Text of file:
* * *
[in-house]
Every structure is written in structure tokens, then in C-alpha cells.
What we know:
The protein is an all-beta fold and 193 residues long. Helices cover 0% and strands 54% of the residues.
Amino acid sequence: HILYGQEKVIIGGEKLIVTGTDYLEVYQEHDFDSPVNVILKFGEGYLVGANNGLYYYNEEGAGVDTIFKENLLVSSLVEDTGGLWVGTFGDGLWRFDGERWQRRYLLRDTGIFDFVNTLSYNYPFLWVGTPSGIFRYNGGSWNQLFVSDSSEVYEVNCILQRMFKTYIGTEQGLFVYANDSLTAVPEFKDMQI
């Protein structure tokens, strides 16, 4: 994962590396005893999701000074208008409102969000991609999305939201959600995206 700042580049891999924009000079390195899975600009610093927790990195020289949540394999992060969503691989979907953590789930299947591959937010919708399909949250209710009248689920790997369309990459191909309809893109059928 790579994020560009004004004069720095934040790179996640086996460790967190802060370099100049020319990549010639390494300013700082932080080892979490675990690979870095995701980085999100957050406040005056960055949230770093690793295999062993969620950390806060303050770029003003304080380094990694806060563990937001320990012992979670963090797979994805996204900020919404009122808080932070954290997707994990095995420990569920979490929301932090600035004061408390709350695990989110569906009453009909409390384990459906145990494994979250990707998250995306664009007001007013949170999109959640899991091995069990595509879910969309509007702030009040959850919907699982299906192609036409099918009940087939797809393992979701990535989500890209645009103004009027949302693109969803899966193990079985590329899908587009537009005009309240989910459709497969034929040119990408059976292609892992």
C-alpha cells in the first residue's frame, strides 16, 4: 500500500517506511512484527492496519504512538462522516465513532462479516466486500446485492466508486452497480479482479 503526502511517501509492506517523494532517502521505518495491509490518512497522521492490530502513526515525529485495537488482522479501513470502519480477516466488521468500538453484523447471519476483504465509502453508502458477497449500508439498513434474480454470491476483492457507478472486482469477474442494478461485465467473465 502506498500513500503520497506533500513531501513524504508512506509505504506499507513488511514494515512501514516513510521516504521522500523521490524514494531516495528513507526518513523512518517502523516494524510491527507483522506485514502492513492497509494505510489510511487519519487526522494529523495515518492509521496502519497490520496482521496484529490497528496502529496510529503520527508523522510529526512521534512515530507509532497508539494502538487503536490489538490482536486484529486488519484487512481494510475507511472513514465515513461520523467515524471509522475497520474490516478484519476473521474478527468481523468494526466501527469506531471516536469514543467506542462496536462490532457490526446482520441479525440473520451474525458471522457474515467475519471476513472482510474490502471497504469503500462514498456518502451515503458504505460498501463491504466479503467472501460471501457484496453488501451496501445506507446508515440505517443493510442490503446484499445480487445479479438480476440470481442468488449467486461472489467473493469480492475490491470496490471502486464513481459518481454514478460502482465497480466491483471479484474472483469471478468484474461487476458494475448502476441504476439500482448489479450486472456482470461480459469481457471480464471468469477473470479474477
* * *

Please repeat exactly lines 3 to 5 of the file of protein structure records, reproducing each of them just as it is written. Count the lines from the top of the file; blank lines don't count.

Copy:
What we know:
The protein is an all-beta fold and 193 residues long. Helices cover 0% and strands 54% of the residues.
Amino acid sequence: HILYGQEKVIIGGEKLIVTGTDYLEVYQEHDFDSPVNVILKFGEGYLVGANNGLYYYNEEGAGVDTIFKENLLVSSLVEDTGGLWVGTFGDGLWRFDGERWQRRYLLRDTGIFDFVNTLSYNYPFLWVGTPSGIFRYNGGSWNQLFVSDSSEVYEVNCILQRMFKTYIGTEQGLFVYANDSLTAVPEFKDMQI